There is little doubt that the story behind the killing of Osama bin Laden will be told and retold across multiple motion pictures in the years to come. Directed by Kathryn Bigelow, 2012's Zero Dark Thirty is the first cinematic retelling of the event, and it's such an enthralling and well-made feature film that there's probably no point making another movie covering the same ground. Zero Dark Thirty - which is a reference to the military term for half past midnight, when bin Laden's compound was stormed - is an absorbing account of the meticulous investigation to find the suspected terrorist, and it will prove to be a gratifying watch for anyone with the patience to stick with it. The real strength of Bigelow's film is its plausibility; without exaggerating the truth, Bigelow has created one hell of a potboiler, a classy, gritty, dense and sumptuous thriller welcomely free of melodrama.
To set the tone, Zero Dark Thirty commences with a prologue featuring real-life recordings of 9/11 victims asking for help. It's a chilling way to open the film, yet it's necessary, as it establishes the motivation for everything that's about to occur and it reiterates the true horror of 9/11. Arriving in Pakistan two years after the tragedy, young CIA analyst Maya (Jessica Chastain) meets fellow agent Dan (Jason Clarke) who specialises in torturing suspects. Dan eventually comes up with a few leads, beginning an almost ten-year odyssey for Maya as she pieces together information and tries to track down Osama bin Laden. As the years go by, breakthroughs grow scarcer, and Maya's irritation is heightened, especially with suicide bombings continuing to claim lives in the region. Eventually, however, Maya finds a promising lead when she discovers a fortified compound with secretive inhabitants.
Fresh off the success of The Hurt Locker, Bigelow began setting up a movie about the ongoing, increasingly frustrating hunt for bin Laden, and she was close to entering production. Reportedly, the film was intended to end on a downbeat, inconclusive note, with bin Laden disappearing after the battle of Tora Bora, potentially never to be seen again. But Osama's sudden death rendered the concept irrelevant, compelling the filmmaker to rethink her movie. Bravely, it seems Bigelow essentially made the film she initially wanted to make, incorporating the operation that led to bin Laden's death but not letting the happy ending change the story's tone or catharsis. Zero Dark Thirty follows Maya for years, watching her pursue leads, chase red herrings, encounter dead ends and deal with her superiors, all of which is glimpsed in excruciating detail. It's laudable for Bigelow and writer Mark Boal to really dig into the ins and outs of this agonisingly prolonged investigation, but it does not always translate to an engaging viewing experience, and sometimes it's hard to discern what's happening and why. Nevertheless, there is a lot to admire in the film's construction, specifically in regards to the lack of bias and judgment. There's no gung-ho military-style propaganda here or any political agenda; Boal's script simply shows us what happened and asks us to draw our own conclusions. It's refreshing.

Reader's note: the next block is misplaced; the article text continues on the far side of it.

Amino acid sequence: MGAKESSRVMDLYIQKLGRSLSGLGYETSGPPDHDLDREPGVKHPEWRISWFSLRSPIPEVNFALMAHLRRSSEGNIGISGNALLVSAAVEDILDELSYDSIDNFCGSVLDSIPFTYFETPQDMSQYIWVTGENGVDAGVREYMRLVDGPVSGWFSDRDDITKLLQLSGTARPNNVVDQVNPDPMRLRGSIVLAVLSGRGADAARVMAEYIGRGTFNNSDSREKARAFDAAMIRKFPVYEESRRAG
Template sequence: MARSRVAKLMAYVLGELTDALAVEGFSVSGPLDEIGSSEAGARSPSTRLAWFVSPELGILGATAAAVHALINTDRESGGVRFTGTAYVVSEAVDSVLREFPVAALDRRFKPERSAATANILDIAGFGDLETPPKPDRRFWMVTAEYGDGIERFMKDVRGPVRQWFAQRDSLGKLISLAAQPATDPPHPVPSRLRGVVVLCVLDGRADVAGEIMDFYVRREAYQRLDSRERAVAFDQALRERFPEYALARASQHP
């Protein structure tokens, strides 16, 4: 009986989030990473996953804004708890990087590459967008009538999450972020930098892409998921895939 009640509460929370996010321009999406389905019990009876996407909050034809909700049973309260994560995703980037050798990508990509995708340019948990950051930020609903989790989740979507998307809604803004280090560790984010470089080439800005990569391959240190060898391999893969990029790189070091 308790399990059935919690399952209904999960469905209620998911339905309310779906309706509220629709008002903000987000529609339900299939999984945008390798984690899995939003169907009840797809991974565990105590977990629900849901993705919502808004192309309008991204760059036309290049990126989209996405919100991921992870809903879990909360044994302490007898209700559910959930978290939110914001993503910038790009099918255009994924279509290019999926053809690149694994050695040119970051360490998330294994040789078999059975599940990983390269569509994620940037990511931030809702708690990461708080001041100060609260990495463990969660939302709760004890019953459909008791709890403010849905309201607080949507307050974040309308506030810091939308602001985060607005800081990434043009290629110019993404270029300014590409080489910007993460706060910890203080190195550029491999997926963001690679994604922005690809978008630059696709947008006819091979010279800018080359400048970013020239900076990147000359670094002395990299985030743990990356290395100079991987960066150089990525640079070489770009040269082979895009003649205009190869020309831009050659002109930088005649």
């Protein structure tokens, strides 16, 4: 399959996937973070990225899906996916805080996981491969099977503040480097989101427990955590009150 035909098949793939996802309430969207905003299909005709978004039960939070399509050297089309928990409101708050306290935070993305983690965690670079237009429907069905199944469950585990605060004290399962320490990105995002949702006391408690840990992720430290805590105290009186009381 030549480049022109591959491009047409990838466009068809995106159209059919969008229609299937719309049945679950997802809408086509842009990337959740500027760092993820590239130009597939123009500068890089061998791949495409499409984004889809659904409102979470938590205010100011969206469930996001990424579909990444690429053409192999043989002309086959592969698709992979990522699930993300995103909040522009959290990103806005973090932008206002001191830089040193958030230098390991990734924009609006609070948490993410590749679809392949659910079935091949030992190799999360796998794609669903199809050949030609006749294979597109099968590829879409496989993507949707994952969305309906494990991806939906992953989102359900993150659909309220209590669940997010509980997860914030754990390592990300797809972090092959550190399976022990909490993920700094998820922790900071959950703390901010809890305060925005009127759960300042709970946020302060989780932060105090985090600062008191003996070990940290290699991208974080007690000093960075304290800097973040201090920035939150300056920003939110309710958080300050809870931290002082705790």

Zero Dark Thirty catapults to greatness in its final hour, when Maya and her team locate the house which may or may not be Osama's current hideout. We all know how it ends, but the specifics are hazy to the average viewer, hence it's riveting to watch the politics play out as Maya awaits the green light for the operation with heightened irritation. The climactic raid on the compound is one of the most thrilling set-pieces of the year, thirty minutes of edge-of-your-seat tension as the SEAL team scrupulously move from room to room. Ultra-realistic military operations are not often seen in films since they're unexciting, but Bigelow makes the assault both incredibly realistic and every bit as engrossing as any action movie. Another huge strength of Bigelow's is her ability to stretch a dollar. Zero Dark Thirty was produced for a scant $40 million, yet it looks far more expensive, with spot-on costume design and sets (the recreation of bin Laden's compound is remarkable), as well as the superlative cinematography by Greig Fraser. Bigelow stages a number of scenes depicting suicide bombings, and they're terrifying due to their staggering immediacy.
Chastain is a revelation, carrying the film with incredible acting prowess that puts veteran actors to shame. Chastain is often glimpsed in supporting roles, but Zero Dark Thirty foregrounds the actress, and it's her most impressive work to date. It must be stressed that the role of Maya was not a real-life person; she's a fictionalised composite of a number of real-life CIA analysts who met with Mark Boal and helped in his research. Maya admittedly lacks depth and we never get a sense of her life outside the workplace, but that seems to be on purpose since she has given everything up for her job and only realises this once she's met her goals. Fortunately, the supporting cast is strong all-round. Clarke is a terrific presence as Maya's colleague, and Kyle Chandler is a perfect fit for Maya's station chief. Mark Strong is also present here, remarkably playing a non-villainous role and doing a top-notch job. Meanwhile, James Gandolfini is a believable bureaucrat, and Joel Edgerton makes the most of his limited screen-time as a member of SEAL Team Six. Even Scott Adkins shows up here for all of five minutes.
Although Zero Dark Thirty begins with a title explaining that it's based on first hand accounts of true events, it's unclear how accurate this portrayal of the manhunt truly is. It would therefore be smart to accept the film as a dramatisation of real-life events, rather than a documentary. And as a dramatisation, Bigelow's feature excels. It will be interesting to see where Bigelow goes next, and see if she continues to pump out Oscar-worthy motion pictures.